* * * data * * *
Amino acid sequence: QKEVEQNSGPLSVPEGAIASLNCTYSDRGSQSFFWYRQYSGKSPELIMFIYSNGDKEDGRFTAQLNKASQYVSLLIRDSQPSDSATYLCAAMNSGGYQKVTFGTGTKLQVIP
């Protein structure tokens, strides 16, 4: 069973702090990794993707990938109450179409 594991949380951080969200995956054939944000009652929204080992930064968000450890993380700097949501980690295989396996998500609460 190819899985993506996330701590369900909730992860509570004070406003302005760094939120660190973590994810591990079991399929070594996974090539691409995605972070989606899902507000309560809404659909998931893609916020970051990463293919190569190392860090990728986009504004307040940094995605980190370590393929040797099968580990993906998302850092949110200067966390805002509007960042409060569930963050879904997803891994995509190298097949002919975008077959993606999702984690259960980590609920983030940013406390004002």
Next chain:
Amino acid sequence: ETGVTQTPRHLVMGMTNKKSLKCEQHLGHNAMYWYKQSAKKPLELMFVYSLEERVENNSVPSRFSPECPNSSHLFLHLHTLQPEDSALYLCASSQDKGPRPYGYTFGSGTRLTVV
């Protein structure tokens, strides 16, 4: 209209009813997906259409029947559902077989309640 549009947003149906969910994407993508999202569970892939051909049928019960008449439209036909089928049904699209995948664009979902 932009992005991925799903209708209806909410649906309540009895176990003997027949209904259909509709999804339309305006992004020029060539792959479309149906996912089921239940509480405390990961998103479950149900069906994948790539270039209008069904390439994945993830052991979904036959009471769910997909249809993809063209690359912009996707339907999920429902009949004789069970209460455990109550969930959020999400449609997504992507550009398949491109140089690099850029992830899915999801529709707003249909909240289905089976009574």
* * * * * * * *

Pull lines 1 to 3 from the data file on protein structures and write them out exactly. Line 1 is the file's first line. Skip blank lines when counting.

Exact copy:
Amino acid sequence: QKEVEQNSGPLSVPEGAIASLNCTYSDRGSQSFFWYRQYSGKSPELIMFIYSNGDKEDGRFTAQLNKASQYVSLLIRDSQPSDSATYLCAAMNSGGYQKVTFGTGTKLQVIP
């Protein structure tokens, strides 16, 4: 069973702090990794993707990938109450179409 594991949380951080969200995956054939944000009652929204080992930064968000450890993380700097949501980690295989396996998500609460 190819899985993506996330701590369900909730992860509570004070406003302005760094939120660190973590994810591990079991399929070594996974090539691409995605972070989606899902507000309560809404659909998931893609916020970051990463293919190569190392860090990728986009504004307040940094995605980190370590393929040797099968580990993906998302850092949110200067966390805002509007960042409060569930963050879904997803891994995509190298097949002919975008077959993606999702984690259960980590609920983030940013406390004002």
Next chain: